Background: Myeloablative hematopoietic cell transplantation (HCT) provides a cure for children with hemoglobinopathies, but transplant related early and late morbidity remains a challenge. Toxicities associated with myeloablative chemotherapy include early complications such as mucositis, hemorrhagic cystitis, seizures, and hepatic injury. Late effects such as infertility and compromised linear growth impair long-term quality of life, often decreasing enthusiasm for the procedure. Reduced intensity preparative regimens are especially attractive in children with non-malignant disorders to mitigate these toxicities but have been associated with increased risk of graft rejection. The primary objective of this study was to determine the toxicity and efficacy of a non-myeloablative preparative regimen using alemtuzumab, fludarabine, and melphalan followed by HCT from HLA matched related donors (MRD) in children with hemoglobinopathies.

Methods: Following institutional review board approval, and parent and/or patient consent, participants were enrolled at 18 centers. Children < 21 years of age with severe sickle cell disease (SCD) manifestations, or transfusion dependent (> 8 red blood cell transfusions per year) thalassemia with a MRD and a performance status > 40 were eligible for inclusion. The preparative regimen included alemtuzumab (total dose 48 mg) IV (between days –22 and –19), fludarabine (30 mg/m2/day) (days –8 to –4) and melphalan (140 mg/m2) on day -3. Graft versus host disease (GVHD) prophylaxis included a calcineurin inhibitor (tapered after day 100, and methotrexate (7.5 mg/m2 on days 1, 3 and 6) or mycophenolate mofetil. Five patients also received methylprednisone (1 mg/kg/day) between days 1 and 28; this practice was discontinued in 2007.

Results: A total of 52 children (43 with SCD and 9 with thalassemia), median age 11 years (range, 10m - 20y) underwent HCT between March 2003 and July 2014. Of these, 46 received bone marrow, 5 received marrow and cord blood (CB), and 1 received CB alone. Median follow up was 35.5 months (range, 3 – 136). Forty-nine children were alive at last follow up (Figure 1); 48 were symptom-free; one CB recipient had disease recurrence following graft rejection and successfully underwent a 2nd HCT. No hepatic veno-occlusive disease was noted. Three deaths 6, 11 and 21 months post HCT were from GVHD related causes [bronchiolitis obliterans (n=1); infection with GVHD (n=2)]. The cumulative incidence of graft failure and transplant related mortality was 1.9% and 5.7% respectively. The mean time to engraftment of neutrophils (ANC >500/cu mm) and platelets (>50,000/cu mm) was 13.0 (range 5-21) and 25.9 (range 8-120) days respectively. Three patients had neurologic toxicity (seizures/PRES) post HCT. At the time of last follow up, 35 patients (67%) were complete donor chimera (>90% donor) and 16 (31%) were mixed chimera (28-89% donor). Acute GVHD (grade 1-3) was noted in 30.8%. Four had grade I, 6 had grade II, and 6 had grade III GVHD. No patient developed grade IV aGVHD. Chronic GVHD was noted in 13%. Of 43 patients that were alive without disease and >6 months post HSCT, 38 had successfully discontinued all immune suppression and maintained donor chimerism post withdrawal. Immune reconstitution was robust by the end of the first year post transplant; infectious complications (23 of 30 CMV+ recipients had reactivation) were noted primarily in the first 3 months post HSCT.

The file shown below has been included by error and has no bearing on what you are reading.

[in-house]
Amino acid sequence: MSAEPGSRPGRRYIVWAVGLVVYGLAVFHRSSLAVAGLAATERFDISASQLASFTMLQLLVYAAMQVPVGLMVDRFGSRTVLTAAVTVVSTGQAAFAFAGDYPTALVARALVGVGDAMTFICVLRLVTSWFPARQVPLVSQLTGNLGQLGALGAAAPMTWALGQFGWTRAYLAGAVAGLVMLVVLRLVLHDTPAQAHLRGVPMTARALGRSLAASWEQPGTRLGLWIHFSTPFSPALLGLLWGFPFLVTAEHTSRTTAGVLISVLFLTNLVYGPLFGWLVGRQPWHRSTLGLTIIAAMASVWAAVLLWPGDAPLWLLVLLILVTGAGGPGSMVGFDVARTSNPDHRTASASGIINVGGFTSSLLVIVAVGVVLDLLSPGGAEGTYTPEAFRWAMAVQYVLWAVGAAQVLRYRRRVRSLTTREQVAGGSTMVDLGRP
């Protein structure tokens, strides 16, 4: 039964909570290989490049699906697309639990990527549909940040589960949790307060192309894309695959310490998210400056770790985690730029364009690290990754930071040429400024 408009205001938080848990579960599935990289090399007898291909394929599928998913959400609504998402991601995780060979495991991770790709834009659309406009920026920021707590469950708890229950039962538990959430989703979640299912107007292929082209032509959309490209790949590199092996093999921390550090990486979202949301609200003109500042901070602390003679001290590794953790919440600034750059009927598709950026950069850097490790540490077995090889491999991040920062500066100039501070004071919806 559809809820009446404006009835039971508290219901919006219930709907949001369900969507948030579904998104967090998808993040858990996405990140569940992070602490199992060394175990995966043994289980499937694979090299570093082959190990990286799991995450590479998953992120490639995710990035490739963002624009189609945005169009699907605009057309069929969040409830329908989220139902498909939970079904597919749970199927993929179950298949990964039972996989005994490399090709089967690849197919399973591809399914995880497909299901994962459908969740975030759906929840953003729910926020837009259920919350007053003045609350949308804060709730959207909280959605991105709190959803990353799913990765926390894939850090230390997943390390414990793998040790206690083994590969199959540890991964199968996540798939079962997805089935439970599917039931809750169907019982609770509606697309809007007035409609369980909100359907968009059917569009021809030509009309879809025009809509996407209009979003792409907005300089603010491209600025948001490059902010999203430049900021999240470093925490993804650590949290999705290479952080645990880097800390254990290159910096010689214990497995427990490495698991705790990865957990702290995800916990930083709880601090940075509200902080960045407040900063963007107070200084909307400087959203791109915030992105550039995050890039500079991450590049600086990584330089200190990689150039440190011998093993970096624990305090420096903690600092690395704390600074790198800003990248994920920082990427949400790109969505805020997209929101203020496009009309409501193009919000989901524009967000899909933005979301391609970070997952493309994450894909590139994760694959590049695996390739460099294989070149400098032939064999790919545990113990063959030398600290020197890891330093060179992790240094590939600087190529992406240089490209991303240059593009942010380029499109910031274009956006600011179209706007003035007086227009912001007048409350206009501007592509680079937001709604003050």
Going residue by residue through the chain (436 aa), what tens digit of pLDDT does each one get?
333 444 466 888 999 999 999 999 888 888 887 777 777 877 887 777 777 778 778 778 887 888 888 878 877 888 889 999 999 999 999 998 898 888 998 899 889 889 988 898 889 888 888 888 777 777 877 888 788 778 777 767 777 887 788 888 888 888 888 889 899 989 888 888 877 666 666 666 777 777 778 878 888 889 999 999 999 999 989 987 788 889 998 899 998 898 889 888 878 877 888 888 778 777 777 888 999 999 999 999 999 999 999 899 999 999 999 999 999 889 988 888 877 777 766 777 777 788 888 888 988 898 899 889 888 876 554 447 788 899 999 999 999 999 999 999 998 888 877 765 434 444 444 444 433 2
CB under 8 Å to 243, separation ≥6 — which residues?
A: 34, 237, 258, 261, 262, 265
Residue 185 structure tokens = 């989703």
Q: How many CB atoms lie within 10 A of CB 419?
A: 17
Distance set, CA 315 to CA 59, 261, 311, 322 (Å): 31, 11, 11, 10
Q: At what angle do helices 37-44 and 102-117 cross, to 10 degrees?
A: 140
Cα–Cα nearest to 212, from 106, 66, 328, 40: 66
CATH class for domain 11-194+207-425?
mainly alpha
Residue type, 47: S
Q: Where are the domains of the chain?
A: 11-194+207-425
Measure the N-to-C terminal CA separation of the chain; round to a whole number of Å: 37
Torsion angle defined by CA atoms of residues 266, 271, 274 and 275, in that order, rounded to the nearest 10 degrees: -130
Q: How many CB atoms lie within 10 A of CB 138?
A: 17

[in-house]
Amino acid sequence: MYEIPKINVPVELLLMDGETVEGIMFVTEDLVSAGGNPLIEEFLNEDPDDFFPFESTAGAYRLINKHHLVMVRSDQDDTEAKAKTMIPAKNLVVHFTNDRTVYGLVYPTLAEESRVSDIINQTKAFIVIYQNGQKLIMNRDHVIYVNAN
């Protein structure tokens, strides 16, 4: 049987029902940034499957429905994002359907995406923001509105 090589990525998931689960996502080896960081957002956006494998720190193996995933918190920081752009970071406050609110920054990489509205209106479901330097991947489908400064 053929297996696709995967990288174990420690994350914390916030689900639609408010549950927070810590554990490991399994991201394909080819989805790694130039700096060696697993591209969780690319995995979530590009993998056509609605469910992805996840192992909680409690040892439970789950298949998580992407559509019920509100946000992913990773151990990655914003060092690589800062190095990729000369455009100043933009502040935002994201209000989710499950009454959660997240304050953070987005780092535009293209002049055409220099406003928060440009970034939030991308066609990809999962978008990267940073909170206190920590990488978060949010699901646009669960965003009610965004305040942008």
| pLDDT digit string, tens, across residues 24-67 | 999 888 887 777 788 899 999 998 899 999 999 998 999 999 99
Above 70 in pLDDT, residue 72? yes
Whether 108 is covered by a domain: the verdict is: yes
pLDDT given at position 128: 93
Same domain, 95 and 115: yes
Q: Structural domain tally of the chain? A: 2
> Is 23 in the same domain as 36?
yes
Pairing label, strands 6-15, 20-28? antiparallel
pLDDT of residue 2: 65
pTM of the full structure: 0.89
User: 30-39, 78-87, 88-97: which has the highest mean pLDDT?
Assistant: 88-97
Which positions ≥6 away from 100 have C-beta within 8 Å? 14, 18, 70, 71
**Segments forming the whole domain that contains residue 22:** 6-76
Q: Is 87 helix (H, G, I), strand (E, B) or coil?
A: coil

Conclusions: Children with hemoglobinopathies undergoing MRD HCT tolerated this non-myeloablative preparative regimen well, with minimal early toxicities. The event-free survival rate was comparable to those achieved with myeloablative regimens. Withdrawing immunosuppression was not associated with graft loss or recurrent GVHD. GVHD complications resulted in a low mortality rate. Alternative GVHD prophylaxis may further improve event-free survival. No gonadal toxicity (determined by hormone levels) has been identified to date in 15 HCT recipients of pubertal age (>13 years). Follow up however is early and in progress to determine long-term toxicities. These results support consideration of reduced intensity conditioning regimens for HCT in children with hemoglobinopathies as an alternative to standard myeloablative regimens.

Figure 1:

Overall/Event-free survival following non-myeloablative conditioning andMRD transplants for hemoglobinopathy

Figure 1:

Overall/Event-free survival following non-myeloablative conditioning andMRD transplants for hemoglobinopathy


No relevant conflicts of interest to declare.

Author notes


Asterisk with author names denotes non-ASH members.

This icon denotes a clinically relevant abstract